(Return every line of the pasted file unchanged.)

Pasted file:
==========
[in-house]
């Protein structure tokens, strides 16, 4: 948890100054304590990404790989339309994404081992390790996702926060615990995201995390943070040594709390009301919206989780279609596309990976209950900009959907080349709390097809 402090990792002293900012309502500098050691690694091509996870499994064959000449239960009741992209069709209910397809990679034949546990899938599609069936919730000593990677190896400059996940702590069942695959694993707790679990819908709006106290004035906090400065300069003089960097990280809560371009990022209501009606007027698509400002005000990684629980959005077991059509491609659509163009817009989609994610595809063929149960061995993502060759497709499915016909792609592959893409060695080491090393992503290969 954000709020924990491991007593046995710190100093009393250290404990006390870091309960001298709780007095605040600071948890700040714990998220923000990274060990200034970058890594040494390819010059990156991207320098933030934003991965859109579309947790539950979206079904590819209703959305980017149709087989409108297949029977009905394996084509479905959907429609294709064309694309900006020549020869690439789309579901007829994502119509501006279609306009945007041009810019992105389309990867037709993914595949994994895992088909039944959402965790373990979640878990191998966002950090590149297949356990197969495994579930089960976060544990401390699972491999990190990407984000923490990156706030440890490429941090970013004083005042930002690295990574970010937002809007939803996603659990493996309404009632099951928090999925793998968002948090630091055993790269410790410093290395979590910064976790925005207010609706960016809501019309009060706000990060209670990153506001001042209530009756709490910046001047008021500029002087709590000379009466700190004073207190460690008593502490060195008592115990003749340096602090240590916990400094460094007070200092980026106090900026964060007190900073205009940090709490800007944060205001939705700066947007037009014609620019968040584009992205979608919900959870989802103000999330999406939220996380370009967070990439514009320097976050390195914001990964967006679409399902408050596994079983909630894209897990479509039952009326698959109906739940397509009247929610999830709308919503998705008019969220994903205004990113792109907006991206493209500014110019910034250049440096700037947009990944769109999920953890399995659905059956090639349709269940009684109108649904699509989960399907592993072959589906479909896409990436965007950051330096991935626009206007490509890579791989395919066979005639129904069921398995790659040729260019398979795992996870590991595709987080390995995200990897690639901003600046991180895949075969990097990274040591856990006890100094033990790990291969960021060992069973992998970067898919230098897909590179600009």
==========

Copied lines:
[in-house]
């Protein structure tokens, strides 16, 4: 948890100054304590990404790989339309994404081992390790996702926060615990995201995390943070040594709390009301919206989780279609596309990976209950900009959907080349709390097809 402090990792002293900012309502500098050691690694091509996870499994064959000449239960009741992209069709209910397809990679034949546990899938599609069936919730000593990677190896400059996940702590069942695959694993707790679990819908709006106290004035906090400065300069003089960097990280809560371009990022209501009606007027698509400002005000990684629980959005077991059509491609659509163009817009989609994610595809063929149960061995993502060759497709499915016909792609592959893409060695080491090393992503290969 954000709020924990491991007593046995710190100093009393250290404990006390870091309960001298709780007095605040600071948890700040714990998220923000990274060990200034970058890594040494390819010059990156991207320098933030934003991965859109579309947790539950979206079904590819209703959305980017149709087989409108297949029977009905394996084509479905959907429609294709064309694309900006020549020869690439789309579901007829994502119509501006279609306009945007041009810019992105389309990867037709993914595949994994895992088909039944959402965790373990979640878990191998966002950090590149297949356990197969495994579930089960976060544990401390699972491999990190990407984000923490990156706030440890490429941090970013004083005042930002690295990574970010937002809007939803996603659990493996309404009632099951928090999925793998968002948090630091055993790269410790410093290395979590910064976790925005207010609706960016809501019309009060706000990060209670990153506001001042209530009756709490910046001047008021500029002087709590000379009466700190004073207190460690008593502490060195008592115990003749340096602090240590916990400094460094007070200092980026106090900026964060007190900073205009940090709490800007944060205001939705700066947007037009014609620019968040584009992205979608919900959870989802103000999330999406939220996380370009967070990439514009320097976050390195914001990964967006679409399902408050596994079983909630894209897990479509039952009326698959109906739940397509009247929610999830709308919503998705008019969220994903205004990113792109907006991206493209500014110019910034250049440096700037947009990944769109999920953890399995659905059956090639349709269940009684109108649904699509989960399907592993072959589906479909896409990436965007950051330096991935626009206007490509890579791989395919066979005639129904069921398995790659040729260019398979795992996870590991595709987080390995995200990897690639901003600046991180895949075969990097990274040591856990006890100094033990790990291969960021060992069973992998970067898919230098897909590179600009």